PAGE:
Morrison is an easy-going boy. He loves being outside, playing with toy airplanes and splashing in the pool.

But all of that running, swimming and playing can be dangerous with Morrison’s diabetes. The more active that he is, the more his blood sugar fluctuates.

Combined with the constant growth that comes with being a toddler, and the fact that he can’t communicate as clearly as an older child might, means that his parents have to be extremely vigilant.

The search for more and more resources to help led them to the diabetic alert dogs.

The animals are trained over a rigorous six-month program to recognize the smell of lower and higher blood sugar. The dogs first came into use in the early 2000s.

“It was determined that low blood sugar smelt acidic and high blood sugar smelt sweet and fruity,” Weaver said. “Dogs having far more sensory receptors in their snouts than in a human nose, which made identifying blood glucose levels easier for the animal.”

Morrison’s father, Jackson Hooley, his uncle and his paternal grandfather have type 1 diabetes, so the family knew that it was possible that Morrison would have it too.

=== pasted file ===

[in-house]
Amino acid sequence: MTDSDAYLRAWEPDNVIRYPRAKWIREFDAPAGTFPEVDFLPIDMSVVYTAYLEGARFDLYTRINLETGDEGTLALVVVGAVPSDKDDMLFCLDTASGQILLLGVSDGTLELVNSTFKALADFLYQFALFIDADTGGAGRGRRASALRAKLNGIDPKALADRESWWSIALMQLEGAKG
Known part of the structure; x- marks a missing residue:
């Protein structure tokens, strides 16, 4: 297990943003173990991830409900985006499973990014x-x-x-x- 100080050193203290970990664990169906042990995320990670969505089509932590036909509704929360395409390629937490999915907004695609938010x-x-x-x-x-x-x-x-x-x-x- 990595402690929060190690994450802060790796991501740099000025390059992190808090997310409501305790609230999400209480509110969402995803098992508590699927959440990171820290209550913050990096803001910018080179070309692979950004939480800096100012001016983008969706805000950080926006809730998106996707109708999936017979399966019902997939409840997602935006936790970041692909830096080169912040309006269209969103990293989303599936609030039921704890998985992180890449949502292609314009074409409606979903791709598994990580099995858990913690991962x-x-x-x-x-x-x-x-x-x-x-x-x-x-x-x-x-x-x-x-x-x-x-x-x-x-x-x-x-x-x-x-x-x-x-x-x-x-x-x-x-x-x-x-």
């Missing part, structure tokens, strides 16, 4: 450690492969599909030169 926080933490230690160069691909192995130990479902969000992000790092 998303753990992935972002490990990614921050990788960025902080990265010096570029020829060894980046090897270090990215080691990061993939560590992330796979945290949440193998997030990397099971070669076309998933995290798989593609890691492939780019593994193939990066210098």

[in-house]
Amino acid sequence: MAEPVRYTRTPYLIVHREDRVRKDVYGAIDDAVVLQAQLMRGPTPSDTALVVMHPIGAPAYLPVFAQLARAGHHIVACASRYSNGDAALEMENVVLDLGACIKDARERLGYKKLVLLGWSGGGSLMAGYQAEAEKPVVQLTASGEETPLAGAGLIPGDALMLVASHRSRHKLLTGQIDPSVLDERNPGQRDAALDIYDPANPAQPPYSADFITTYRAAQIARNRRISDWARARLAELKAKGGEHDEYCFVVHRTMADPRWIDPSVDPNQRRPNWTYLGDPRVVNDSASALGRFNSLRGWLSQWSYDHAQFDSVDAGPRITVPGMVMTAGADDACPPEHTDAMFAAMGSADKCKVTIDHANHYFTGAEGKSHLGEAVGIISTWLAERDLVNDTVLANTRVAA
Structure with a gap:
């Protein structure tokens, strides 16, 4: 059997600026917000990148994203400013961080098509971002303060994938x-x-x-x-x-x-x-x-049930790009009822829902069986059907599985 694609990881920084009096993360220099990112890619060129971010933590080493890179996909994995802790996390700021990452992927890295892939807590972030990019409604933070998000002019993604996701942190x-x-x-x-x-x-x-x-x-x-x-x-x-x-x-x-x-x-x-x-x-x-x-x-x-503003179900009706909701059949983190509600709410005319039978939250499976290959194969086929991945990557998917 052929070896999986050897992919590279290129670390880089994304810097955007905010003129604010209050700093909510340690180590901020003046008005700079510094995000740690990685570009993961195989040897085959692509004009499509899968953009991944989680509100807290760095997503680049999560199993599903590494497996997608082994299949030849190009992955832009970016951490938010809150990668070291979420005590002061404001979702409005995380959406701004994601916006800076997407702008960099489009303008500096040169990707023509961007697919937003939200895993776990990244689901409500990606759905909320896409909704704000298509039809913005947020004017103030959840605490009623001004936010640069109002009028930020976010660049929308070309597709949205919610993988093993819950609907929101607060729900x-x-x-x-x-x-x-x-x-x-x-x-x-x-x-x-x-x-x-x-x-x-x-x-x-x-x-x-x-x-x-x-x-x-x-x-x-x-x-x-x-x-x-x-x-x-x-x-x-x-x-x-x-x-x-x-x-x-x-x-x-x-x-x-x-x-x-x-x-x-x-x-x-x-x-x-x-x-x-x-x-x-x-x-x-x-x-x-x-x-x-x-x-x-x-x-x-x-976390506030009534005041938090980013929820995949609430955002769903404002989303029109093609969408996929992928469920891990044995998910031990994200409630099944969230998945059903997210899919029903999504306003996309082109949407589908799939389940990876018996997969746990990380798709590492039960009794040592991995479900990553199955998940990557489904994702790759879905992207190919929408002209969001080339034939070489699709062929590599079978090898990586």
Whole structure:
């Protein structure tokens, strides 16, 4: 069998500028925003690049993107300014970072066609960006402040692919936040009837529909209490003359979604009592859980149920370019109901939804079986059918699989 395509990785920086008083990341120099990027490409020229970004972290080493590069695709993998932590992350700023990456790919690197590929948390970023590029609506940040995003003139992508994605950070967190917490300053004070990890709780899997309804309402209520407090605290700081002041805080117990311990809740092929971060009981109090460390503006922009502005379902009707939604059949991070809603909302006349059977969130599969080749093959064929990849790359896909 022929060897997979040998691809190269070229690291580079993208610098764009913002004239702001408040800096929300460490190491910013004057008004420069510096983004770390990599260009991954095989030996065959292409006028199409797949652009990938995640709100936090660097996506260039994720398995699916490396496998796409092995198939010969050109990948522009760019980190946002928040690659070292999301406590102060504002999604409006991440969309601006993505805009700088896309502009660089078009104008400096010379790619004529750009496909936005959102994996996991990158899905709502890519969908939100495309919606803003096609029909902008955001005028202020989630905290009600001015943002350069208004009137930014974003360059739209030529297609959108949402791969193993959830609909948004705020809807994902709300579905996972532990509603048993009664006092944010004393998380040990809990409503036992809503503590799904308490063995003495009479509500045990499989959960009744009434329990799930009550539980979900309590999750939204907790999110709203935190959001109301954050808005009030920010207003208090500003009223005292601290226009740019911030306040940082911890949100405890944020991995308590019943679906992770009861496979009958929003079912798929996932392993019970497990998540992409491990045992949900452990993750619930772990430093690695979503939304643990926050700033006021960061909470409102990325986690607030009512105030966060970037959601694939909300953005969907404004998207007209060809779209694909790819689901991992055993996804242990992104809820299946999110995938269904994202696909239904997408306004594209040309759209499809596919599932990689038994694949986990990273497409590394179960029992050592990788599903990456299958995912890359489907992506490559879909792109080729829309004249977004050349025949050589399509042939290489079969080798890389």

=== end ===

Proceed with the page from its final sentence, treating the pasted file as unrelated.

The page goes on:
At his 2-year-old check-up with his pediatrician in January, everything appeared to be normal and healthy. But two weeks later, Sherman was concerned. More and more, Morrison was constantly asking for water and acting like he was thirsty. He was also urinating more.

When his pediatrician tested his blood sugar, it was much too high to be normal. A normal 2-year-old should have a sugar level less than 200 milligrams per deciliter of blood. Morrison’s level was 600 — a clear indicator of diabetes.

The family went immediately to Riley Hospital for Children at Indiana University Health.

“It was a whirlwind, that whole weekend. They started testing blood sugars and the insulin, testing antibodies in the blood to determine what type it was,” Sherman said.